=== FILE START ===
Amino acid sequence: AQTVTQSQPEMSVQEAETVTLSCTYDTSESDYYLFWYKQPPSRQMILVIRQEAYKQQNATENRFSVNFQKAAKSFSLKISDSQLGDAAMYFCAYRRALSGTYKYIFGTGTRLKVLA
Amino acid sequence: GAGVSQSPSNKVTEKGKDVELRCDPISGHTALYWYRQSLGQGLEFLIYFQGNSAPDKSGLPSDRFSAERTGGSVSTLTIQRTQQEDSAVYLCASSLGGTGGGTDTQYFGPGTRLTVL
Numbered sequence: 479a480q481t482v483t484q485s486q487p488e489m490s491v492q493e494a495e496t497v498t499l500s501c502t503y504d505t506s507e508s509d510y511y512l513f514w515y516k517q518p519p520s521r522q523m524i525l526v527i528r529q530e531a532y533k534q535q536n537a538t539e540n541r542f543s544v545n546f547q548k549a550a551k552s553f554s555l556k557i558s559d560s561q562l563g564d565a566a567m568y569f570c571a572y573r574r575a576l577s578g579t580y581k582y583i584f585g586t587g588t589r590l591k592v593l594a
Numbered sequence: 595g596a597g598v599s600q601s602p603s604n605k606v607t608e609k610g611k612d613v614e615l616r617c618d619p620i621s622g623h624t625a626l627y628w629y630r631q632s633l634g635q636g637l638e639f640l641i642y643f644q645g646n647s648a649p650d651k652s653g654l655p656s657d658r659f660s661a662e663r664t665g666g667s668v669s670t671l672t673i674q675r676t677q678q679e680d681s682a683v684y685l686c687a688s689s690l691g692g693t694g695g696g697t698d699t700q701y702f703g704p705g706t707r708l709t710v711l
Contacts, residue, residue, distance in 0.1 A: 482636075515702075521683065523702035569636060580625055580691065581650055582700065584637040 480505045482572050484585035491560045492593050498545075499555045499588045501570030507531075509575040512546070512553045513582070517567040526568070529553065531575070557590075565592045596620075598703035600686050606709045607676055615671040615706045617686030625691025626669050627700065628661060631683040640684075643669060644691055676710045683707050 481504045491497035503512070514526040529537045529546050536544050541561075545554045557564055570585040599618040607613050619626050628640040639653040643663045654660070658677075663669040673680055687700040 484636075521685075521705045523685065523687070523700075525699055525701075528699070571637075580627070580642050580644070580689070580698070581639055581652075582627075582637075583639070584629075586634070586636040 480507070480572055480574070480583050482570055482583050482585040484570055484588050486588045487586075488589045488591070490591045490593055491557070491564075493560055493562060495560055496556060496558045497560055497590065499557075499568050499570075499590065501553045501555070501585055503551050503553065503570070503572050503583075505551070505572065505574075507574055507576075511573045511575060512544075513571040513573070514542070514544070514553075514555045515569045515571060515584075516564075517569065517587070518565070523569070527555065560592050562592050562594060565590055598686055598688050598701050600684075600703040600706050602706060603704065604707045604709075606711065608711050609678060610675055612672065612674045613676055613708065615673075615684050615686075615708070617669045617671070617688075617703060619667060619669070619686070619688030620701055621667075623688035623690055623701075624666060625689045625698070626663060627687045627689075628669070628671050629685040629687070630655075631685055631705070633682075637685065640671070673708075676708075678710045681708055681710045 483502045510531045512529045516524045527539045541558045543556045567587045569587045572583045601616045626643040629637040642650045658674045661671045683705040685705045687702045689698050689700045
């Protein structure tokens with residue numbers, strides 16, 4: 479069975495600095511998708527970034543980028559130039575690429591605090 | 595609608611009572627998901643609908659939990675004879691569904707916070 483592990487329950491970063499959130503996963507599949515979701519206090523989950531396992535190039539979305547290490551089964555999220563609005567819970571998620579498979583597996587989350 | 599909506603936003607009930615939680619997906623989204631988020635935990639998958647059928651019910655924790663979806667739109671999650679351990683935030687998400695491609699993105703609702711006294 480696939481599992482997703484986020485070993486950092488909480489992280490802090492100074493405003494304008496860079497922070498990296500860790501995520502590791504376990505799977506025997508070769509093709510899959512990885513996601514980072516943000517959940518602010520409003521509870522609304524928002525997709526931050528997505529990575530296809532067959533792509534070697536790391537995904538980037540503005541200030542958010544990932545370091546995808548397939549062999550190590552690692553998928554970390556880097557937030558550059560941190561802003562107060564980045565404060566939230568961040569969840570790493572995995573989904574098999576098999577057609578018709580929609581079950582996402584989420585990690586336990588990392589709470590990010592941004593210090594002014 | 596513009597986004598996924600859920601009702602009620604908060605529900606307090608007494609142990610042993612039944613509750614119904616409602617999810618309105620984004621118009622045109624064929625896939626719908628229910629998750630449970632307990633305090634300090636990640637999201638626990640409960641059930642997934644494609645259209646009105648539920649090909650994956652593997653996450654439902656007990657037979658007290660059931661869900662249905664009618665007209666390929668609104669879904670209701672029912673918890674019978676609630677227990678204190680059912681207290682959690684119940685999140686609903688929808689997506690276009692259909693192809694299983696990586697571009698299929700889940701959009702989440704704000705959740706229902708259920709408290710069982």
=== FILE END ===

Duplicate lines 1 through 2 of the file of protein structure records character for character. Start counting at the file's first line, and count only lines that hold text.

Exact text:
Amino acid sequence: AQTVTQSQPEMSVQEAETVTLSCTYDTSESDYYLFWYKQPPSRQMILVIRQEAYKQQNATENRFSVNFQKAAKSFSLKISDSQLGDAAMYFCAYRRALSGTYKYIFGTGTRLKVLA
Amino acid sequence: GAGVSQSPSNKVTEKGKDVELRCDPISGHTALYWYRQSLGQGLEFLIYFQGNSAPDKSGLPSDRFSAERTGGSVSTLTIQRTQQEDSAVYLCASSLGGTGGGTDTQYFGPGTRLTVL